"Laptop Lag" Hinders Getting Work Done On The Road
A new study shows that mobile professionals say they could get more work done if they could access and manipulate e-mail attachments on their handheld devices.
U.S. road warriors say they could get more work done if they didn't have to deal with what they're calling "laptop lag," according to a new study.
Laptop lag is the time between when people receive e-mails with attached documents, such as Excel spreadsheets or PowerPoint presentations, on their mobile handsets and when they can get to a computer to view and possibly make changes to the documents, reports iGR, Inc., a wireless research consulting firm. While users can receive the e-mails on their PDAs, they often can't work with the attachments because of the small screen size.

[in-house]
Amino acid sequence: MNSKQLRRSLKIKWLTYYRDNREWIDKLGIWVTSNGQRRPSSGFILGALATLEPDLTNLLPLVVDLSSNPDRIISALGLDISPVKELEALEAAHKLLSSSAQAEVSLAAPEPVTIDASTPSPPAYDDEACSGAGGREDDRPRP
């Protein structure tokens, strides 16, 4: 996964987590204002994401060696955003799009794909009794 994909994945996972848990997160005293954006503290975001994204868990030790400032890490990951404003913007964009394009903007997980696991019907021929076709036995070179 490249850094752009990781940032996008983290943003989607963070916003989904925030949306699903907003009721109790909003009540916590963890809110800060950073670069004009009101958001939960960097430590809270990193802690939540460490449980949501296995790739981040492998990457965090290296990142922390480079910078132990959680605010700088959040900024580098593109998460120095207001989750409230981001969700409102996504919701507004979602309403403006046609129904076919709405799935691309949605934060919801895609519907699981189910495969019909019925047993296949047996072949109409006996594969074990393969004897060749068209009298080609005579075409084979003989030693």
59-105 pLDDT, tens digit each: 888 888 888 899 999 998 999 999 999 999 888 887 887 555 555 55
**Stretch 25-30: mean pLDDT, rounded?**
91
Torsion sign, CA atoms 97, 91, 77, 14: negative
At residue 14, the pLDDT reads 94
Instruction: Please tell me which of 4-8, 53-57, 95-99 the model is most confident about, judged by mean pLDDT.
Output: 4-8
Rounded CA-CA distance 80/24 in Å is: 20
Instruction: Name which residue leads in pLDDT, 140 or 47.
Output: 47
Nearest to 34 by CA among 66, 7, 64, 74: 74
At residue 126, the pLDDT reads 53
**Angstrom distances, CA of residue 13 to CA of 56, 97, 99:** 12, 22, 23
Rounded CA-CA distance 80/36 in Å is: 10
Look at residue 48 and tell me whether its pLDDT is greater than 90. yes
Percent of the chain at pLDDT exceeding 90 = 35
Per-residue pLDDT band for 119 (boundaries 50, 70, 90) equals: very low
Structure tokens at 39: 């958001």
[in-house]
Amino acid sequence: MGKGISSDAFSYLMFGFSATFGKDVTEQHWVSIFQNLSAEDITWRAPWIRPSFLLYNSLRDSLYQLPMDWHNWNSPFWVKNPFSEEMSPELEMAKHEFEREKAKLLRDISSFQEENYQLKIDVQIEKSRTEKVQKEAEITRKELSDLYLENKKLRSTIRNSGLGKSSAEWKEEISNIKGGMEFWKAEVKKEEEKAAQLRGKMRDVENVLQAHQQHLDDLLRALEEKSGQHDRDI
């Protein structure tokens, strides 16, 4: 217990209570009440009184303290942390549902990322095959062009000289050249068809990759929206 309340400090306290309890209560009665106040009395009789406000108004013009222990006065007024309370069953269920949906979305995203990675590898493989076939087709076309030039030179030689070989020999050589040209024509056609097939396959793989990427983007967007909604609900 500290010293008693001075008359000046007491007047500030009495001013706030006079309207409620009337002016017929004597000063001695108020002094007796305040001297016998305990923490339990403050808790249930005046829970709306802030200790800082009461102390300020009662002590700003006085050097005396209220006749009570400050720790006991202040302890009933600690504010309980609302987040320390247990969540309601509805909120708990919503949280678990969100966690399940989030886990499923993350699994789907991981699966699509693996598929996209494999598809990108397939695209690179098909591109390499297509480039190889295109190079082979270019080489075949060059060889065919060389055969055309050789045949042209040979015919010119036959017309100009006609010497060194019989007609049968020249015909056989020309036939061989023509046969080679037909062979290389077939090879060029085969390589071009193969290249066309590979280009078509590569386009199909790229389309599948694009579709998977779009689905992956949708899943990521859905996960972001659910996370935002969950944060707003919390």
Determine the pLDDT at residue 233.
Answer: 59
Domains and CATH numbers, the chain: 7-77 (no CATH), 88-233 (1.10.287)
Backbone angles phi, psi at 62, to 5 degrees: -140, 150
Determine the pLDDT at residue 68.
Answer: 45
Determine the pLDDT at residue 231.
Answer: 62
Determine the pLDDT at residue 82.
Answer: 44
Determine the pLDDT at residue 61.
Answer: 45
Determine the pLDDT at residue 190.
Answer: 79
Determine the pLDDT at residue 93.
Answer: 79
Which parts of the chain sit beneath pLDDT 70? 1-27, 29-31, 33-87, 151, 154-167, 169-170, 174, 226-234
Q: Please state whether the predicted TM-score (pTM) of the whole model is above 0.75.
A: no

"Many wireless users, both consumer and business-focused, access their e-mail from their mobile handsets or smartphones," said Iain Gillott, president and founder of iGR. "But the true value of wireless e-mail is being able to view and edit e-mail attachments. This capability will differentiate mobile e-mail solutions going forward."
A recent survey of 1,200 mobile workers showed that at least once a week 70 percent have an urgent need to view or edit e-mail attachments while away from the office. Nearly 58 percent said the ability to view and edit attachments while away from the office would increase their use of mobile e-mail. Another 63 percent called the ability to view e-mail attachments on their PDAs as important or very important.
According to statistics from Frost & Sullivan, there are 55 million mobile workers in North America.
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